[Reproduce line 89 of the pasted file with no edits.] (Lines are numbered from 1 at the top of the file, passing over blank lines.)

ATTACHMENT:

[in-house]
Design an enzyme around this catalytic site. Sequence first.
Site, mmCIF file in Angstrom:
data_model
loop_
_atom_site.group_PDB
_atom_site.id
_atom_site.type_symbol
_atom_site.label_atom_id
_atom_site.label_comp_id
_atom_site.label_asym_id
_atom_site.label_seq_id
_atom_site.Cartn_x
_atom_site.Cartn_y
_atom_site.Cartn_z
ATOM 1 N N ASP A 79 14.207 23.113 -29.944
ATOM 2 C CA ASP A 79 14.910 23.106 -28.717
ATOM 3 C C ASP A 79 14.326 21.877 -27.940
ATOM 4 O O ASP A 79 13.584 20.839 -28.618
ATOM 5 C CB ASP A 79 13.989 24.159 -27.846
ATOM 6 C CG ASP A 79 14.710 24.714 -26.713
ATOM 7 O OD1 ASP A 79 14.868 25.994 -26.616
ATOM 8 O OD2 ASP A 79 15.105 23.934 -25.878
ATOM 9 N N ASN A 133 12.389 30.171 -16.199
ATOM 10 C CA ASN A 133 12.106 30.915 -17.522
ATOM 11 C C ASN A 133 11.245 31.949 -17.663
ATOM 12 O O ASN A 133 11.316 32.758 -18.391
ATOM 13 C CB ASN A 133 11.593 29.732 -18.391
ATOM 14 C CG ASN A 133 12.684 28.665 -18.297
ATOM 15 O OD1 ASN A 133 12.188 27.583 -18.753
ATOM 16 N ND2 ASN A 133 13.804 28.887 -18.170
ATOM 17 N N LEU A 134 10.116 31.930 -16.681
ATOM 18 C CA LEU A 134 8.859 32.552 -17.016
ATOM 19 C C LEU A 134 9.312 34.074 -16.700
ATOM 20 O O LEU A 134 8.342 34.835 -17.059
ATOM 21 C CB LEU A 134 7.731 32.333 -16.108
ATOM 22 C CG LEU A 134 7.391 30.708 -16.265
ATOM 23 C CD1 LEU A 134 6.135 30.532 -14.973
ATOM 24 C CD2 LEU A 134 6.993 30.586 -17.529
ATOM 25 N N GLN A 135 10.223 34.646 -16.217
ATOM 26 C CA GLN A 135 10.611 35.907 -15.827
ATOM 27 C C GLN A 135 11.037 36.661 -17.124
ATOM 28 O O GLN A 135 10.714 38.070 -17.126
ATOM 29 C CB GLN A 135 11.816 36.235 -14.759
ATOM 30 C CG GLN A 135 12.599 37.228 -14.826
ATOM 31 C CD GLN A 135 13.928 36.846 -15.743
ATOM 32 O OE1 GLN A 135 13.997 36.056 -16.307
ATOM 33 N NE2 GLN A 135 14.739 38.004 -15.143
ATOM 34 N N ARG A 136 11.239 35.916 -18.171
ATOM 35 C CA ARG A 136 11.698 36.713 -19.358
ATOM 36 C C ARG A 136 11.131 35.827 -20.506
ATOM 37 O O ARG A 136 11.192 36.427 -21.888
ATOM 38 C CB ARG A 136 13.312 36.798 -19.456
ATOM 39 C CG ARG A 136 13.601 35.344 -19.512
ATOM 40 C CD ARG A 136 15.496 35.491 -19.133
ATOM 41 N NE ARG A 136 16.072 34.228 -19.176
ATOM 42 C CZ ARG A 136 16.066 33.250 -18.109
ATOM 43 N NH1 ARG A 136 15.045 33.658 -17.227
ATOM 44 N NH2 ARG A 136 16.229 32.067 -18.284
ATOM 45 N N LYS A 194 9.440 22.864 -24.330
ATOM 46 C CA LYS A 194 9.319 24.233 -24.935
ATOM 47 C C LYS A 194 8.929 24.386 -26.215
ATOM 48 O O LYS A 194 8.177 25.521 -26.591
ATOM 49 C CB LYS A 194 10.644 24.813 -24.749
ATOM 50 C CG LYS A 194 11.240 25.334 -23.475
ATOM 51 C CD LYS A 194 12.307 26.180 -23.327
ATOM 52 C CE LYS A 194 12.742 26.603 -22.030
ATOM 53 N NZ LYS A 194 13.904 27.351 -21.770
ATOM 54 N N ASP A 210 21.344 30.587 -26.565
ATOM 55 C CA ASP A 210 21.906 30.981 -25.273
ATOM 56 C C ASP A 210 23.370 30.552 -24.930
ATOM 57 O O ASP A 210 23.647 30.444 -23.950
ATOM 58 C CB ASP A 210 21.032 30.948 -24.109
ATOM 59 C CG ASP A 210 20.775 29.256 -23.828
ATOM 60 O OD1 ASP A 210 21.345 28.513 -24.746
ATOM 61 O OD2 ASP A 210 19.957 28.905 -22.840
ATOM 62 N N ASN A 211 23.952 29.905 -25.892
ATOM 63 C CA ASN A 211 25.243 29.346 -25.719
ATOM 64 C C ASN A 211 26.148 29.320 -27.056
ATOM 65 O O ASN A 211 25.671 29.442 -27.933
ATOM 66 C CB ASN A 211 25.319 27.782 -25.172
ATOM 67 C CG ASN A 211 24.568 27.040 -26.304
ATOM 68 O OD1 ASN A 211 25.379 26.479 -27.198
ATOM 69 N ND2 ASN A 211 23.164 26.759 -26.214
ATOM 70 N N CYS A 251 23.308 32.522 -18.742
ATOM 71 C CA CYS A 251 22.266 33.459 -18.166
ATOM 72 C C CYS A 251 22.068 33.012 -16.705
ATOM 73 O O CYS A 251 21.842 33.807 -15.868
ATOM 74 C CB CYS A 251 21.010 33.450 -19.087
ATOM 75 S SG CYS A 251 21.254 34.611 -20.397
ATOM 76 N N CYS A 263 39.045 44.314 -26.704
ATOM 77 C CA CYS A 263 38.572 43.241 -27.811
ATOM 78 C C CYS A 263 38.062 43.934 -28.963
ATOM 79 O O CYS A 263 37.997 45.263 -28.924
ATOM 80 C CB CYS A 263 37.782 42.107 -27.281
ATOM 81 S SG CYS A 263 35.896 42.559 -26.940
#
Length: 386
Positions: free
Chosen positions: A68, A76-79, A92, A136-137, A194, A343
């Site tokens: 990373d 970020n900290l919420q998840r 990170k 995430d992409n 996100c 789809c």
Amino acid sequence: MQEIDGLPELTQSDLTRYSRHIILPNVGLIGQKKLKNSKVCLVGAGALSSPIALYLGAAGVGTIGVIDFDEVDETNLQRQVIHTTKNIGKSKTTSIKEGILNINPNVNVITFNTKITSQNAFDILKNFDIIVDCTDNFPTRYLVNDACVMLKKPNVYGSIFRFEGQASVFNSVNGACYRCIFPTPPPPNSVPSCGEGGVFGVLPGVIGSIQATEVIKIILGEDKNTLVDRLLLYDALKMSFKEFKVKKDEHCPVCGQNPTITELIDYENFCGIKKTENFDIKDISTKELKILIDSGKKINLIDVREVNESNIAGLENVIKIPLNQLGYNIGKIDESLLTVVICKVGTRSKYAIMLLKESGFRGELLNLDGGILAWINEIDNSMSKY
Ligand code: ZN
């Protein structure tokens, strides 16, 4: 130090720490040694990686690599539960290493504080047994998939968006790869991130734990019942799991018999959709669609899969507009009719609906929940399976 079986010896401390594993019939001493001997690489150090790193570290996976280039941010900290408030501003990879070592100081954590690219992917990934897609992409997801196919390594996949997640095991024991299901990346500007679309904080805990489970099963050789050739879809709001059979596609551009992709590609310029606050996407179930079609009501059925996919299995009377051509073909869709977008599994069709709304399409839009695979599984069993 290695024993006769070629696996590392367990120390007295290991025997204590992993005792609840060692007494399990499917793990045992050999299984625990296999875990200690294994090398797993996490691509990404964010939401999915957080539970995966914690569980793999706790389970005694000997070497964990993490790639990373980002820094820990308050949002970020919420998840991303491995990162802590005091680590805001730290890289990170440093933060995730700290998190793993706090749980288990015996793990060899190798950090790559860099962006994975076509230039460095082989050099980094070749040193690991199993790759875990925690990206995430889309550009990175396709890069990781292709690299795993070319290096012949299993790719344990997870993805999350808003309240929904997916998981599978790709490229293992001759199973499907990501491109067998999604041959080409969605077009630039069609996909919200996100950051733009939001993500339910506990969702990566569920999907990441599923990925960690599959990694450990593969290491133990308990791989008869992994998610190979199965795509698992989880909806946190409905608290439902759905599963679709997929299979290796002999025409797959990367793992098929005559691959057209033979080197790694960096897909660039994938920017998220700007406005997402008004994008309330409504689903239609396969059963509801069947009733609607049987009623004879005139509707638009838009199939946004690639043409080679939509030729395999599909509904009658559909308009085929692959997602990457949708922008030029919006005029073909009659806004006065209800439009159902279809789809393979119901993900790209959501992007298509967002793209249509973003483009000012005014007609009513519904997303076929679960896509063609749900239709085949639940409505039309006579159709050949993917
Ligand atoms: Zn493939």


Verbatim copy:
ATOM 74 C CB CYS A 251 21.010 33.450 -19.087